Fibroids are tumors that develop in the walls of the uterus. Fibroids are generally non-cancerous. Fibroids can develop as a solitary tumor, or there can be a significant number of them in the uterus. They can be as little as a bean or as large as a melon. In unordinary cases, they can turn out to be very large.
Once in awhile these tumors become very enormous and cause serious abdominal pain & heavy menstrual flow. In different cases, they cause no signs or symptoms by any means. The reason for fibroids is still unknown.
Types of Fibroids
• Intramural fibroids, the most well-known, that develop in the wall of the uterus.
• Subserosal fibroids develop outwardly of the uterine wall. As they develop bigger they can cause pressure on nearby organs or pain because of their size.
• Submucosal fibroids become just underneath the uterine coating and can swarm into the uterine cavity, prompting heavy bleeding and other more serious complications. These are the most extraordinary kind of fibroid.
• Pedunculated fibroids develop on little stalks or stems and can develop either outside the uterus or inside the uterine cavity.
What causes Fibroids?
The exact reason for the development of fibroids is unknown. It is believed that more than one factor can be the cause. Some of the causes can be:
• Hormonal (influenced by estrogen and progesterone levels)
• Hereditary (runs in families)
Since nobody knows what causes fibroids, it is also unknown what makes them develop or shrink. They are under hormonal control — both estrogen and progesterone. They develop quickly during pregnancy when hormone levels are high. The fibroids contract or shrink when anti-hormone medication is utilized.
Factors that may lead to Fibroids
There are factors that can expand a lady's danger of creating fibroids.
• Age: Fibroids become more normal as ladies age, particularly during the 30s and 40s through menopause. After menopause, fibroids typically shrink.
• Family ancestry: Having a member of the family with fibroids expands your risks.
• Obesity: Women who are overweight are at higher danger for fibroids. For exceptionally obese ladies, the danger is a few times more prominent than normal.
• Dietary patterns: Including a lot of red meat in your diet and ham is connected with a higher danger of fibroids. Eating a lot of green vegetables appears to shield ladies from developing fibroids.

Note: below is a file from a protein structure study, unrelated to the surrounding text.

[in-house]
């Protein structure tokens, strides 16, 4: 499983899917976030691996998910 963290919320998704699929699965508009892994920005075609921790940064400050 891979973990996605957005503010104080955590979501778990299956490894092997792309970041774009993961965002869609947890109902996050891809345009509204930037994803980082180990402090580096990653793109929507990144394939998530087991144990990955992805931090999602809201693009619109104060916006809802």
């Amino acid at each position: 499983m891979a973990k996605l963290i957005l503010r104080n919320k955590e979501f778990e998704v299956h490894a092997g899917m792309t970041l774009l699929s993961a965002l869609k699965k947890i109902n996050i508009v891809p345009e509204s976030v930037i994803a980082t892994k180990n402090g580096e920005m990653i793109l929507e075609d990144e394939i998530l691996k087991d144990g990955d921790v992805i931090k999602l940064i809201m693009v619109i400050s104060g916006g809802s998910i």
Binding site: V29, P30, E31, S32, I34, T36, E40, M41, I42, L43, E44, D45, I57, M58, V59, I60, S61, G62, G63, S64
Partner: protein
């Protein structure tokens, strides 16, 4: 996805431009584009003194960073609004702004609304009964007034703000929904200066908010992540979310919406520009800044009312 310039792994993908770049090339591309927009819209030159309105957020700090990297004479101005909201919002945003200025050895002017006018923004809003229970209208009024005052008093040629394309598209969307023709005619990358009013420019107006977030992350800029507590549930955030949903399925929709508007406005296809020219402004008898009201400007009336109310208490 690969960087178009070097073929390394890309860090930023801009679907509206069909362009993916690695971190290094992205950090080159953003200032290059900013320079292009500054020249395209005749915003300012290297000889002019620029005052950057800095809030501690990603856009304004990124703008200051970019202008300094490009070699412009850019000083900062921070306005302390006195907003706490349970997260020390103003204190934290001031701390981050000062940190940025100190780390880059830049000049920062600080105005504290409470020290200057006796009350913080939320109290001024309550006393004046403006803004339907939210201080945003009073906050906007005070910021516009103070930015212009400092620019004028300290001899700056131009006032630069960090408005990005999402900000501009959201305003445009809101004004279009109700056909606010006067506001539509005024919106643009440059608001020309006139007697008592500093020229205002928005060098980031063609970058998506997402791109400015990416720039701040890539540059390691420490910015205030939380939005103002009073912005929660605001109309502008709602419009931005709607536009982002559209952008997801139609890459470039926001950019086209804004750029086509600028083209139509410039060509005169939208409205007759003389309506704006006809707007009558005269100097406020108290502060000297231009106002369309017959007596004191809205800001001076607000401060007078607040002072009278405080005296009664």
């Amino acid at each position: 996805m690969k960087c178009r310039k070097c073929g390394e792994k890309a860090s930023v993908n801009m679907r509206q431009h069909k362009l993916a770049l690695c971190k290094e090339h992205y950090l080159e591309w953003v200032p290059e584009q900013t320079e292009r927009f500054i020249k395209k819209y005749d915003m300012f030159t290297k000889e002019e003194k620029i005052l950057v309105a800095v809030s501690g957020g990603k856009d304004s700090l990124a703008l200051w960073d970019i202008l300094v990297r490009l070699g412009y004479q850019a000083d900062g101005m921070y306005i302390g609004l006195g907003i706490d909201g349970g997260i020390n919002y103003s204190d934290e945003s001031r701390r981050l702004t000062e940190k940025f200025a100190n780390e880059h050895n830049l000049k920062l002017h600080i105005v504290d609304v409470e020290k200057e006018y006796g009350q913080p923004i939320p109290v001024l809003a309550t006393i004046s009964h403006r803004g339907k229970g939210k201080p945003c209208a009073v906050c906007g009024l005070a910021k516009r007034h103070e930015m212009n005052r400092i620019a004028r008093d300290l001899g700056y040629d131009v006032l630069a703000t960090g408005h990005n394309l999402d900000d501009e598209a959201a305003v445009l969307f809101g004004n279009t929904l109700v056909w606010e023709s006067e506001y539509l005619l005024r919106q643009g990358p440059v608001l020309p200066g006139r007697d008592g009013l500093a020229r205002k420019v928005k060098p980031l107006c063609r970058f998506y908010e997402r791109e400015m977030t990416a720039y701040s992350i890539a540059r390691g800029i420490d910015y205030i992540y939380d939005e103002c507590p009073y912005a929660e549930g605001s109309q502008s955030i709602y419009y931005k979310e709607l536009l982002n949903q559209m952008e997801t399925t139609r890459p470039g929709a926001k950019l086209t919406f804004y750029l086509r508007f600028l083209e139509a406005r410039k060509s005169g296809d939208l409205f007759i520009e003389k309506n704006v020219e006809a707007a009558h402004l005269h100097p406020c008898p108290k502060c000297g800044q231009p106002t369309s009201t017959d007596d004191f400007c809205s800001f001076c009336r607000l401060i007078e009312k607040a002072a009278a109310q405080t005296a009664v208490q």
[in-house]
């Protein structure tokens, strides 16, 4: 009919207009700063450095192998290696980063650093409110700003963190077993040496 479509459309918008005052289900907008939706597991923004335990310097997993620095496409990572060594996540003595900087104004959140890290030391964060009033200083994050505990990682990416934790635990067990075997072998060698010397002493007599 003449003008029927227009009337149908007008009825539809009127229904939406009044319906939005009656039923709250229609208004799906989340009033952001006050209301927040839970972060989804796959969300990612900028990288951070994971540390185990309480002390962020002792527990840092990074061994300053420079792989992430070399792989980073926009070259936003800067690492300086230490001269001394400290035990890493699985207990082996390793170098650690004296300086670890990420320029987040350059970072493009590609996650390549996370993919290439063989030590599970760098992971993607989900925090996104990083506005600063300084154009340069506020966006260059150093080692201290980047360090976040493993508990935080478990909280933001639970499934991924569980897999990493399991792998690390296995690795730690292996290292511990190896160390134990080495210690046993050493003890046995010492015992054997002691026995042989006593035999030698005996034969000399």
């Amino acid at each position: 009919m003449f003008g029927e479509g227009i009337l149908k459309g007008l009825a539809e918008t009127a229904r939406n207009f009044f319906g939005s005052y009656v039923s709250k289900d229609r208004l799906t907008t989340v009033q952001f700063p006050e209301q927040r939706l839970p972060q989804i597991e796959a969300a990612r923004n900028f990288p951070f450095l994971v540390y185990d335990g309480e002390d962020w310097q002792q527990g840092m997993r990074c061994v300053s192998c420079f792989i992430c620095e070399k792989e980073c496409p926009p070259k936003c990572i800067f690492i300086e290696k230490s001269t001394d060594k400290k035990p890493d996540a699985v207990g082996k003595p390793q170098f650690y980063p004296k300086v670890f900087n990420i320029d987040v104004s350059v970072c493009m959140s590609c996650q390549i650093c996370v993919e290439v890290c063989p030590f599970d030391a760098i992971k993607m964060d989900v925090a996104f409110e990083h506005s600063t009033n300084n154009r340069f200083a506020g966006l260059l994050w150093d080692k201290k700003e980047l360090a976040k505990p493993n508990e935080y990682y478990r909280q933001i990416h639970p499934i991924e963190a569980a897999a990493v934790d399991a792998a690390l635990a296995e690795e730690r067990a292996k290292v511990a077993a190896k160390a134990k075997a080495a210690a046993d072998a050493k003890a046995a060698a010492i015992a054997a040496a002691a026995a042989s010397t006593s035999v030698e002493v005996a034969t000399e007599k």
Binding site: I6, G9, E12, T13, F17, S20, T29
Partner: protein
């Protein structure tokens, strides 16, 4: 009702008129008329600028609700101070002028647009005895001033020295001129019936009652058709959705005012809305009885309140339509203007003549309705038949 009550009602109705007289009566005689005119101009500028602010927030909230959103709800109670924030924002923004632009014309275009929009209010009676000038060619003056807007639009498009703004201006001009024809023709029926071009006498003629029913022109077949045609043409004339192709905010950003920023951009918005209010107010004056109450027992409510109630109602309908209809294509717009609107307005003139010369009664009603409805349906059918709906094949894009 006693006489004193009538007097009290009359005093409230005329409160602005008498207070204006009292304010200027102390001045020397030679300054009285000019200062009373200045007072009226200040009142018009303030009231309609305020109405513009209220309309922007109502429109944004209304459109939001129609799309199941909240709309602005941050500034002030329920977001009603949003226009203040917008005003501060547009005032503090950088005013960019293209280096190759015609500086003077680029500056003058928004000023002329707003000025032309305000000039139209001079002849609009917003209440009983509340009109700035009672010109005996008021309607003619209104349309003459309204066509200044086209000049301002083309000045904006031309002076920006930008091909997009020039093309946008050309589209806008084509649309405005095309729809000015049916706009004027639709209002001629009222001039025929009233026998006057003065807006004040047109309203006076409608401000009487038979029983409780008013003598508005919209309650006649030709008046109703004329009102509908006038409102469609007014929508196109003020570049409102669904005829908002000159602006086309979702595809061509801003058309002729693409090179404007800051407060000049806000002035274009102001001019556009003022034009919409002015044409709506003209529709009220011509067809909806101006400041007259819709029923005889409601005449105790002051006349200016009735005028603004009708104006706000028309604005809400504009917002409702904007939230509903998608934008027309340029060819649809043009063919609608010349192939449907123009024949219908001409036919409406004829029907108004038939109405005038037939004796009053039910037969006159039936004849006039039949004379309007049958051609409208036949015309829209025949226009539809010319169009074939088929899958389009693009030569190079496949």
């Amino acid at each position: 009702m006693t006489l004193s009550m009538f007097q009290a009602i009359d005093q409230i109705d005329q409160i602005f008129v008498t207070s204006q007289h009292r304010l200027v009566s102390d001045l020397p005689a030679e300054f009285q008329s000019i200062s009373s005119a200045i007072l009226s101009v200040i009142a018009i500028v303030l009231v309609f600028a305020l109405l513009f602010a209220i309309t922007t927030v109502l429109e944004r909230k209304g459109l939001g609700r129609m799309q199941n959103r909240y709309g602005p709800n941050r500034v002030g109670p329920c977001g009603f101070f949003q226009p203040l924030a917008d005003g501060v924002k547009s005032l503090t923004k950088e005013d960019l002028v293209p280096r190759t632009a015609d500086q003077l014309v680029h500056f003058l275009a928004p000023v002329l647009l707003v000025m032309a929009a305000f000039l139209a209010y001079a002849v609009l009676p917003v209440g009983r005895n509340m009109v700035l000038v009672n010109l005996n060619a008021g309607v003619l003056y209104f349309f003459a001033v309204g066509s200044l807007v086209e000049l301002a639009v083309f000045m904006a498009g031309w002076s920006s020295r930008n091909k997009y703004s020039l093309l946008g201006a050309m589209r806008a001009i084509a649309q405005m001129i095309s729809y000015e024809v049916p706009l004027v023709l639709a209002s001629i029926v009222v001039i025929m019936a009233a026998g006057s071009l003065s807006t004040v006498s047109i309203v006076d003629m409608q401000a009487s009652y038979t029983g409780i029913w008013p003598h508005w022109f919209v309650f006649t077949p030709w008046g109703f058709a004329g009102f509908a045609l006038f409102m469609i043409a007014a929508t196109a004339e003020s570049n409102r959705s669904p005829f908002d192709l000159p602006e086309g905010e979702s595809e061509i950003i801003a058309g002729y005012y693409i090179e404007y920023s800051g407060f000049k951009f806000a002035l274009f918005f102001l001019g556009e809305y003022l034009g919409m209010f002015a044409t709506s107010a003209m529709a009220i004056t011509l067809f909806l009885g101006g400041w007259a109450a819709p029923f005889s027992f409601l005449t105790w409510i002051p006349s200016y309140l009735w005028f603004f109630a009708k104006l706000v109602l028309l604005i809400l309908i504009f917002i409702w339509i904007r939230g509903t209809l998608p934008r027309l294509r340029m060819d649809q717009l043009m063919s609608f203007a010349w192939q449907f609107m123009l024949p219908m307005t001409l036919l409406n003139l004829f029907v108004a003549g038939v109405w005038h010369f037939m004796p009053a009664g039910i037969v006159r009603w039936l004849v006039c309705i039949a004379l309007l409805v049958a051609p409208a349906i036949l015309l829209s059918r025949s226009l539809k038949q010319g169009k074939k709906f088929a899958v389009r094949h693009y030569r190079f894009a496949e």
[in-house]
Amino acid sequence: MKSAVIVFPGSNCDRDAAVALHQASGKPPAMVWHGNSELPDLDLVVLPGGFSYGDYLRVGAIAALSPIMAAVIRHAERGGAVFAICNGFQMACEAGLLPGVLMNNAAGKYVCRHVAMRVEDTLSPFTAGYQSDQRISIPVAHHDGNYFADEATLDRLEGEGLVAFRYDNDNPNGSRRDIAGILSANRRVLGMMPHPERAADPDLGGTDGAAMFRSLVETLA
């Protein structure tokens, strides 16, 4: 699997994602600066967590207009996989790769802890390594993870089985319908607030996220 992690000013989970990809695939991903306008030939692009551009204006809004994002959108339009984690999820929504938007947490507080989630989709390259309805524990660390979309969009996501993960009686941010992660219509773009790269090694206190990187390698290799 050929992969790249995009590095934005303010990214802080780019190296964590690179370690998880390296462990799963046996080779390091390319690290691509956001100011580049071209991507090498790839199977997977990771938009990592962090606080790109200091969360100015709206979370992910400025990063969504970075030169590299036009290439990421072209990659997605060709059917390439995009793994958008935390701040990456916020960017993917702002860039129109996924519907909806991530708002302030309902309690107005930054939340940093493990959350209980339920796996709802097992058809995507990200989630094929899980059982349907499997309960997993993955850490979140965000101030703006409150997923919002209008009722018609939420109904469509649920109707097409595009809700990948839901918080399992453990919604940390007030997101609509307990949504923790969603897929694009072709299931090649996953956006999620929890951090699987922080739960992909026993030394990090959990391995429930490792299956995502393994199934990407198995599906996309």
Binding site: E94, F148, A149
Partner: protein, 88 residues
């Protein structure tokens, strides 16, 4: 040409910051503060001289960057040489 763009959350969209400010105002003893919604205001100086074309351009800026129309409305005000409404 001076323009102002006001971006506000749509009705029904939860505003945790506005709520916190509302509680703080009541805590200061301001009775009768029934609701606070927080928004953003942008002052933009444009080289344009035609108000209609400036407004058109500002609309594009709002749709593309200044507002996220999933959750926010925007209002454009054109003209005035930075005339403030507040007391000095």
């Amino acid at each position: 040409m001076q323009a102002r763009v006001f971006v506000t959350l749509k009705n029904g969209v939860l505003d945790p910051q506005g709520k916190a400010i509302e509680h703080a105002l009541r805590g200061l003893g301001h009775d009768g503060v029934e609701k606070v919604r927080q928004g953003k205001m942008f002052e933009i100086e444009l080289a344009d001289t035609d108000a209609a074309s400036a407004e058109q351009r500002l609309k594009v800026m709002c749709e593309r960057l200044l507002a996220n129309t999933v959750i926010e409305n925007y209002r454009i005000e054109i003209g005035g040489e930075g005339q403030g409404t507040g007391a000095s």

Symptoms of Fibroids
Your symptoms will rely upon the number of tumors you have just and also their area and size. For example, submucosal fibroids may raise weighty feminine draining and ruckus considering.
On the off chance that your tumor is exceptionally little or you're experiencing menopause, you might not have any side effects. Fibroids may shrink during and after menopause. This is on the grounds that ladies going through menopause are encountering a drop in their level of estrogen and progesterone, hormones that stimulate fibroid development.
Symptoms of Fibroids are:
• A heavy menstrual period flow between or during your periods that includes blood clots
• pain in the pelvis area or lower back
• increased urination
• increase in menstrual cramping
• pain during intercourse
• a period that keeps going longer than expected
• pressure in your lower abdomen
• swelling of the abdomen
• pressure on the bladder or bowel
Fibroids & Pregnancy
Women who have fibroids are likely to have issues during pregnancy and delivery. This doesn't mean there will be issues. Most women with fibroids have normal pregnancies. The most common issues found in ladies with fibroids are:
• Cesarean section: The danger of requiring a c-section increases for women with fibroids.
• The child is breech: The child isn't situated well for vaginal delivery.
• Labor fails to advance.
• Placental abruption: The placenta splits from the wall of the uterus before delivery. At the point when this occurs, the fetus doesn't get enough oxygen.
• Preterm delivery.
Consult with your obstetrician immediately if you have fibroids and pregnant. All obstetricians have experience managing fibroids and pregnancy. Most women who have fibroids and become pregnant don't have to see an OB who manages high-risk pregnancies.
How are Fibroids diagnosed?
Your gynecologist may find that you have fibroids when you visit him/her for an ordinary pelvic test to check your uterus, ovaries, and vagina. The gynecologist will portray how little or how huge the fibroids are by contrasting their size with the size your uterus would be in the event that you were pregnant. Or then again the fibroid may be contrasted with products, nuts, or a ball, for example, a grape or an orange, an oak seed, or a golf ball or a volleyball, for your better understanding.
The gynecologist can do imaging tests to confirm that you have fibroids. These are tests that make an "image" of within your body without medical procedure.
These tests may include:
• Ultrasound: Uses sound waves to deliver the image. The ultrasound test can be put on the abdomen or it very well may be set inside the vagina to make the image.
• Magnetic resonance imaging (MRI): Uses magnets and radio waves to deliver the image
• CT Scan: Takes numerous X-ray photos of the body from various angles for a more complete picture
• Hysterosalpingogram (HSG) & Sonohysterogram: A HSG includes infusing x-ray dye into the uterus and taking x-ray pictures. A sonohysterogram includes infusing water into the uterus and making ultrasound pictures.